Canada has always prided itself on taking a contrarian view to the United States. And on Thursday that was demonstrated outside of their backyard as newly-appointed Bank of England Governor Mark Carney joined forces with the European Central Bank’s chief Mario Draghi in effectively stamping out notions of an early return to higher credit costs.
The two central bankers, one from Canada and the latter from Italy, are rowing the opposite way of the Federal Reserve of the United States, which last month more than mooted the idea of dropping its low-rate scheme called Quantitative Easing.
Some commentators have been critical of Carney’s entre. Marc Ostwald at Monument Securities in London wrote yesterday: “Oh so very predictable, a brilliant first service from Mr Carney – and it really does tell us he is all about reform, and not (necessarily) about being radical with policy… It’s not actually very exciting, even if am sure the printed press will opt for some hyperbole tomorrow.”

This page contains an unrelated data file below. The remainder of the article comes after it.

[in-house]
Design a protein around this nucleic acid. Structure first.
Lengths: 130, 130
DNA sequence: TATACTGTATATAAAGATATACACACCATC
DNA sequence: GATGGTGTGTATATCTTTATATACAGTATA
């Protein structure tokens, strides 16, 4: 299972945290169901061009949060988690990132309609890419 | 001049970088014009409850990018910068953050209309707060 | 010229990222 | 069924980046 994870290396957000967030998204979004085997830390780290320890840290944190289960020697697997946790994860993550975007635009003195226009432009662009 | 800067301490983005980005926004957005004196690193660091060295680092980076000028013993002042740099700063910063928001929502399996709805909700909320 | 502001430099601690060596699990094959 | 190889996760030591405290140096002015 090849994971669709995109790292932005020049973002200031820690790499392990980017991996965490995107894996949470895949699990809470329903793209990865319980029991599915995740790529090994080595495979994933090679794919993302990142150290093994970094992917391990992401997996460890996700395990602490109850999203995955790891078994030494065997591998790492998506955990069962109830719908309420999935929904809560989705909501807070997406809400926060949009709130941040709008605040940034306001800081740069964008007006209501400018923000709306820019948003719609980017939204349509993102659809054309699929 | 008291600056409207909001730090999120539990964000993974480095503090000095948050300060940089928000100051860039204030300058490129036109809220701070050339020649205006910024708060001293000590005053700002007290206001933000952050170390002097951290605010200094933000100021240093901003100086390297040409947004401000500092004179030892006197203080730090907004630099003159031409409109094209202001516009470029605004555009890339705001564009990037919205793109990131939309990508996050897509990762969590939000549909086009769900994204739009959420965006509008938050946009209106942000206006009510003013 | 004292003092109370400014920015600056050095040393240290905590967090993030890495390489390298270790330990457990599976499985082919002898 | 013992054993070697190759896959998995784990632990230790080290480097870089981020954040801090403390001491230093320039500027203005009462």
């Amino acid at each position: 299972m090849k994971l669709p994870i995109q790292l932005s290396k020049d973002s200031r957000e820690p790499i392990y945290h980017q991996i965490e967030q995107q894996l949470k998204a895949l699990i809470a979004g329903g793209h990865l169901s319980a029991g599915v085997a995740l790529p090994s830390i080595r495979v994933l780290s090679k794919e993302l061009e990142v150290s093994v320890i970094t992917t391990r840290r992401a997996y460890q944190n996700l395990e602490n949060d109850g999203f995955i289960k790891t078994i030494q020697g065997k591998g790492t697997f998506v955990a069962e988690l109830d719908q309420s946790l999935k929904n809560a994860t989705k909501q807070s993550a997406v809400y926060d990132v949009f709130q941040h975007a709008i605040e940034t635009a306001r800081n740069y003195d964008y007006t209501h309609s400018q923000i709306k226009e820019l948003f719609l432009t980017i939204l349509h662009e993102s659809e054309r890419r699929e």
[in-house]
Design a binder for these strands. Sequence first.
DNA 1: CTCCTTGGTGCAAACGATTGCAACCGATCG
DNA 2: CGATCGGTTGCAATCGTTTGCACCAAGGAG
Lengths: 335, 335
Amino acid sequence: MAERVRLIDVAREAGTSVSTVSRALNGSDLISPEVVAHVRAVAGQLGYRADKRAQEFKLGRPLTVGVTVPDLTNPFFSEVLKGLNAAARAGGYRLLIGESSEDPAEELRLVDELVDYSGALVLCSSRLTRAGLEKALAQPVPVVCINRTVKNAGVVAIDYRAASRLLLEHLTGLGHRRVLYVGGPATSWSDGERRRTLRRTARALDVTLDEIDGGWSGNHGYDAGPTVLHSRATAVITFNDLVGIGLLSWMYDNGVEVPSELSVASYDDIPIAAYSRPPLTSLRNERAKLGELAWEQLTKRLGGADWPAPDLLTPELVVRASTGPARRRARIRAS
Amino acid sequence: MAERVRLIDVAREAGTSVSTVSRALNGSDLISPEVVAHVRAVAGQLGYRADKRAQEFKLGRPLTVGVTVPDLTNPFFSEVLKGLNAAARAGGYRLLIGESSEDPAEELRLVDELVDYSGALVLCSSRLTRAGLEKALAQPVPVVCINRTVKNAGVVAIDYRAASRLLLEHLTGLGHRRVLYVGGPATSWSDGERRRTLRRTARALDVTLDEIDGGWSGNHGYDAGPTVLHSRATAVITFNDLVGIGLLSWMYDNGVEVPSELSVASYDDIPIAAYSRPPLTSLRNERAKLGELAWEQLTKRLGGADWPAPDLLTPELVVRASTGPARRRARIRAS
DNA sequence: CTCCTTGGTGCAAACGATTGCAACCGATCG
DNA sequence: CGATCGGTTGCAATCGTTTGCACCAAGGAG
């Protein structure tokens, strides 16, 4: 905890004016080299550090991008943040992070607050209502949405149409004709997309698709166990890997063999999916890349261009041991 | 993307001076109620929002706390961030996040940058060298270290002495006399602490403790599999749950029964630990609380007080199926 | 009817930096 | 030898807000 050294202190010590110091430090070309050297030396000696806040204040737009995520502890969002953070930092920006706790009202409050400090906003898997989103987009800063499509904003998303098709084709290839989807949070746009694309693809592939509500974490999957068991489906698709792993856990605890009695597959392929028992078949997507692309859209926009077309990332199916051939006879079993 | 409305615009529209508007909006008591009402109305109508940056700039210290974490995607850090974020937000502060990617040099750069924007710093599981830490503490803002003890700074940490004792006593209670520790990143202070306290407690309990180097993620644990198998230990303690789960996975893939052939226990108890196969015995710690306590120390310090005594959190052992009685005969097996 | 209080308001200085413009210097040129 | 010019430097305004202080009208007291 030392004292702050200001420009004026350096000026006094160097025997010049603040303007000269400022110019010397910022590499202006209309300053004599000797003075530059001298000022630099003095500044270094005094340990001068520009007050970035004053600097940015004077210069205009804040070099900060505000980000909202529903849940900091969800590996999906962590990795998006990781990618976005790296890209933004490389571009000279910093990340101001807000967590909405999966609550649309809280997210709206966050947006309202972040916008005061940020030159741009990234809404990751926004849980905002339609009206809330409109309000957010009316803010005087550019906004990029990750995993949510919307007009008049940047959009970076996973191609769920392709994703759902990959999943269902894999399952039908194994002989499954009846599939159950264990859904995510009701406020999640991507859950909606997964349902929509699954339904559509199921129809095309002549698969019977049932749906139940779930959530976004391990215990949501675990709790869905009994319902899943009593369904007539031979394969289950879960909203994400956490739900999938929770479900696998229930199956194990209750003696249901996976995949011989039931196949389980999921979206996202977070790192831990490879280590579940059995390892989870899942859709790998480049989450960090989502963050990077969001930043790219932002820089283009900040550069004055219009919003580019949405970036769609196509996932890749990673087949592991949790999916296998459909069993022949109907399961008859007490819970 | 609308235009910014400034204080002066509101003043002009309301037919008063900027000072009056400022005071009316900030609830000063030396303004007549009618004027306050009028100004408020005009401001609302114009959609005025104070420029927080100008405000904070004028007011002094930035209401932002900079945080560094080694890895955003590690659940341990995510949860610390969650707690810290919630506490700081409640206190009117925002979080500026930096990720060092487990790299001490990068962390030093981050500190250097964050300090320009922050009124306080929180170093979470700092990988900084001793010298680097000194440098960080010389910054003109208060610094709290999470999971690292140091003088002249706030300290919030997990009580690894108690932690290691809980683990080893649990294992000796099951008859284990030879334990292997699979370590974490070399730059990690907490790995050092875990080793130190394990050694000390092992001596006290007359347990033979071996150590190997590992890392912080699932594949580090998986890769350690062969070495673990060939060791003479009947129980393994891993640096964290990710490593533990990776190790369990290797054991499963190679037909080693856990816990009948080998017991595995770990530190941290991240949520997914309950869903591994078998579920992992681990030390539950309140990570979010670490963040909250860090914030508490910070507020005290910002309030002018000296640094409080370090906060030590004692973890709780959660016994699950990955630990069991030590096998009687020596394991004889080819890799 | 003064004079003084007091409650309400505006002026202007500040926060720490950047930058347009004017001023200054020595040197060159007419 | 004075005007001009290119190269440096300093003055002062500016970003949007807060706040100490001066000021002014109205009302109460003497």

Meanwhile, his colleague Stephen Lewis, Monument’s chief economist, reminded us all that Draghi might want to take praise for his version of European “QE” which had “not cost a single euro” but had the desired effect of also suppressing peripheral eurozone bond yields. Lewis went on to tell us how that was empty as Portuguese government resignation threats this week drove OT yields up 100 basis points in a week and 200 bps in 2013.
But the real question to be asked is, how effective can BoE and ECB efforts be in a global economy? If it really is true that depressed economies cannot enjoy lower oil prices because BRIC nations are consuming in copious quantities, what makes anyone so sure that European interest rates can withstand a US interest rate rise?
The phrase “when the United States sneezes the world catches a cold” rings so true. Friday’s non-farm payrolls data at 1230 GMT may well confirm that the United States economy is now powering ahead. If it is, the likelihood of higher US rates, and global rates for that matter, becomes more convincing.